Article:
Larry Pogemiller: State’s future depends on education

2013-02-22T00:00:00Z 2013-03-17T20:46:43Z Larry Pogemiller: State’s future depends on educationBy Larry Pogemiller St. Paul Winona Daily News
February 22, 2013 12:00 am  • 

In his State of the State address, Gov. Mark Dayton challenged Minnesotans to consider not only what is right for Minnesota today, but also what is right for Minnesota in the future. Focusing on our shared goals, he said, helps us find greater accord on how to best achieve them.

A highly educated workforce is a goal Minnesotans have shared for decades. Working together, previous generations of Minnesotans made strong investments in higher education,

creating a world-class post-secondary infrastructure in Minnesota.

Today, most Minnesotans would agree that our education has been fundamental to our economic prosperity, and that our future economic success rests in part on our continued commitment to a strong and affordable higher education system. That is exactly what Gov. Dayton’s budget would help deliver.

Investments in higher education have never been more important. Minnesota’s economy is changing, presenting our workforce with new challenges. In fact, our state’s changing demographics indicate a rapidly approaching worker shortage, making it increasingly important for growing numbers of Minnesotans to have access to a quality, affordable post-secondary education.

But deep cuts in higher education and financial aid have put the dream of a higher education out of reach for too many Minnesotans. Our state currently spends $569 million less on higher education than we did

16 year ago. Postsecondary institutions have increasingly relied on tuition revenue to cover their costs and state grants have not kept up. Students and their families have turned more and more to borrowing.

Over the past decade, tuition and fees have increased by more than three times the rate of inflation and family income. We have the third-highest student debt rate in the country for a bachelor’s degree, with the average Minnesota student graduating nearly $30,000 in debt. Debt of this magnitude stays with people for years, limiting their education and economic opportunities for the future.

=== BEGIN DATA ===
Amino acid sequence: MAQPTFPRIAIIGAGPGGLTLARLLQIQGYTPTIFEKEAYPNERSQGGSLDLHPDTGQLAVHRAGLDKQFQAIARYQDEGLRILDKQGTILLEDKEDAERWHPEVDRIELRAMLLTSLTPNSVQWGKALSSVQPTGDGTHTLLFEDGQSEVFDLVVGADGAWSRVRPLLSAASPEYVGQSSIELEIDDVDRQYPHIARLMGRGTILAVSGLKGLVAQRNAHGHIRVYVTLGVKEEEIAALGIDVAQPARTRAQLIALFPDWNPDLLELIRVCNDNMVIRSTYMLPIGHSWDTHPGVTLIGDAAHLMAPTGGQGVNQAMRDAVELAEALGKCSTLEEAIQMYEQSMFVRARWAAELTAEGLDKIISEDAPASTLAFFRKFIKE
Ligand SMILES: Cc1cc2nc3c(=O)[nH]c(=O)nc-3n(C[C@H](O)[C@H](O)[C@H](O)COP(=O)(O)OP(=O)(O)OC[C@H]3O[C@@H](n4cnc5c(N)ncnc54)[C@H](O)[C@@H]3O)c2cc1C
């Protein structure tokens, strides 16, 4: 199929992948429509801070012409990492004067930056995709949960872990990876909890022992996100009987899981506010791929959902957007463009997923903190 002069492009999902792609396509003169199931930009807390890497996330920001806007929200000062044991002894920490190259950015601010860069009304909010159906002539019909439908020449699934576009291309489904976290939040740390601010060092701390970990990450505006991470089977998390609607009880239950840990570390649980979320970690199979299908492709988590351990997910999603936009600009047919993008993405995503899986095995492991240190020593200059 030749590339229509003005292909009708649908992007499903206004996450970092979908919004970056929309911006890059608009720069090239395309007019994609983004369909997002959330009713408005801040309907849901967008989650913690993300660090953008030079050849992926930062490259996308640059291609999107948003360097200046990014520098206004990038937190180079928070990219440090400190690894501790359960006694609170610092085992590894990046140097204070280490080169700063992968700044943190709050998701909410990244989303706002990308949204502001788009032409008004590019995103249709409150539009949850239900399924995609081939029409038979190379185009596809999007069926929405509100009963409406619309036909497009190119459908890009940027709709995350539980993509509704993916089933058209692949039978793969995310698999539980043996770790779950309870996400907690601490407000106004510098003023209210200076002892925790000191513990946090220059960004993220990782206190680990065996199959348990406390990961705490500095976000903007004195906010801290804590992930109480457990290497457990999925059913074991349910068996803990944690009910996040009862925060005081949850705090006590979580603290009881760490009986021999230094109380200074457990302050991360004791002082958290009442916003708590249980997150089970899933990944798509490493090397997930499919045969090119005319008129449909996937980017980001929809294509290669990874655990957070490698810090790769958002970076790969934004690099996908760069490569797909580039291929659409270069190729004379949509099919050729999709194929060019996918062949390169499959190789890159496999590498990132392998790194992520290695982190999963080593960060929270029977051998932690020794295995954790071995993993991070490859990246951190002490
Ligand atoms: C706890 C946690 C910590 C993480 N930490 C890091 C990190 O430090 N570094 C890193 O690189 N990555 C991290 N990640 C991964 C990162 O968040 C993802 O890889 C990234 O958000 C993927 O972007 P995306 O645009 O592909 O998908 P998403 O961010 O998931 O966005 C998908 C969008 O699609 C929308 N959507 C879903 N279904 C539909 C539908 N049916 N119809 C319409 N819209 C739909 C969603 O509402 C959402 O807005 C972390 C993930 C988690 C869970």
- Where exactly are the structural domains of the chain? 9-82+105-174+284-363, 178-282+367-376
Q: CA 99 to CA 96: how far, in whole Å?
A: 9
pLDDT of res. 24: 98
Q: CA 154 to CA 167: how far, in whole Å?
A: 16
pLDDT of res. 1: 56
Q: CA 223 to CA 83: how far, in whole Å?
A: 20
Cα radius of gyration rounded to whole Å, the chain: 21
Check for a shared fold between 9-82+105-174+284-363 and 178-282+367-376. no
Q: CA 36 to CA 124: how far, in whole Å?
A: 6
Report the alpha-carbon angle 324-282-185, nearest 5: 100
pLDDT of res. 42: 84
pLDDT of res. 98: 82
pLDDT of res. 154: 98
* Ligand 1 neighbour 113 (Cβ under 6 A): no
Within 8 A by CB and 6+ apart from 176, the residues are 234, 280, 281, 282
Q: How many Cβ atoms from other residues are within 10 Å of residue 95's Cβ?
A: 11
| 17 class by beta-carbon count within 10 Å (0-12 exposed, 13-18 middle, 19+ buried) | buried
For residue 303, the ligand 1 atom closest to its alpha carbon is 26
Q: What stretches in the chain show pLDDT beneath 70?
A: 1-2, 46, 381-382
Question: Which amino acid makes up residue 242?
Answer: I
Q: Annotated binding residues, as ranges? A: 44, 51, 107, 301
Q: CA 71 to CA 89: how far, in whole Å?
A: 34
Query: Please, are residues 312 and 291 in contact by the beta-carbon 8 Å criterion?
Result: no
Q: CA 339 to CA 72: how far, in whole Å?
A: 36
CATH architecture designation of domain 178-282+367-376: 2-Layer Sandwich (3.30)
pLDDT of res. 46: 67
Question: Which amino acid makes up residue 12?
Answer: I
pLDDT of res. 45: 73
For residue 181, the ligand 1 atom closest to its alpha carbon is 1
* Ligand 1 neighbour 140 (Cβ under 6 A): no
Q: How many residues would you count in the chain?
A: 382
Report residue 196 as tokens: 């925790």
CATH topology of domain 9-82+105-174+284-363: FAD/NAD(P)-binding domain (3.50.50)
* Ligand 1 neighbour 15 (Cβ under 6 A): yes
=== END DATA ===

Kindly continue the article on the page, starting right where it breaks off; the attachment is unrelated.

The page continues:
Finding a way to maintain quality at our postsecondary institutions while curtailing student debt is one of the most pressing policy issues facing our state. Ensuring a higher education is affordable for nearly every Minnesotan will require a combination of cost-containment by institutions and public investment in students.

Gov. Dayton is proposing a significant $240 million investment for higher education, the largest percentage increase for any area of the state budget. He balances that investment by strengthening support

for MnSCU and the University of Minnesota, as well as putting money directly into the hands of students and families to help them attain the postsecondary education that best fits their aspirations.

The governor recommends investing $80 million in the Minnesota State Grant program – the largest increase in over

25 years. This new funding would extend state grants to over 5,000 additional students and help thousands of middle class families who didn’t qualify for assistance before. Over 100,000 Minnesota students with a state grant would see an increase in their financial aid award, averaging $300, to help meet the cost of rising tuition.

Gov. Dayton’s recommended $80 million investment for the University of Minnesota will support research, quality and affordability. Workforce development supported by internships and apprenticeships, state of the art equipment and high-quality faculty across the MnSCU system garners another $80 million investment.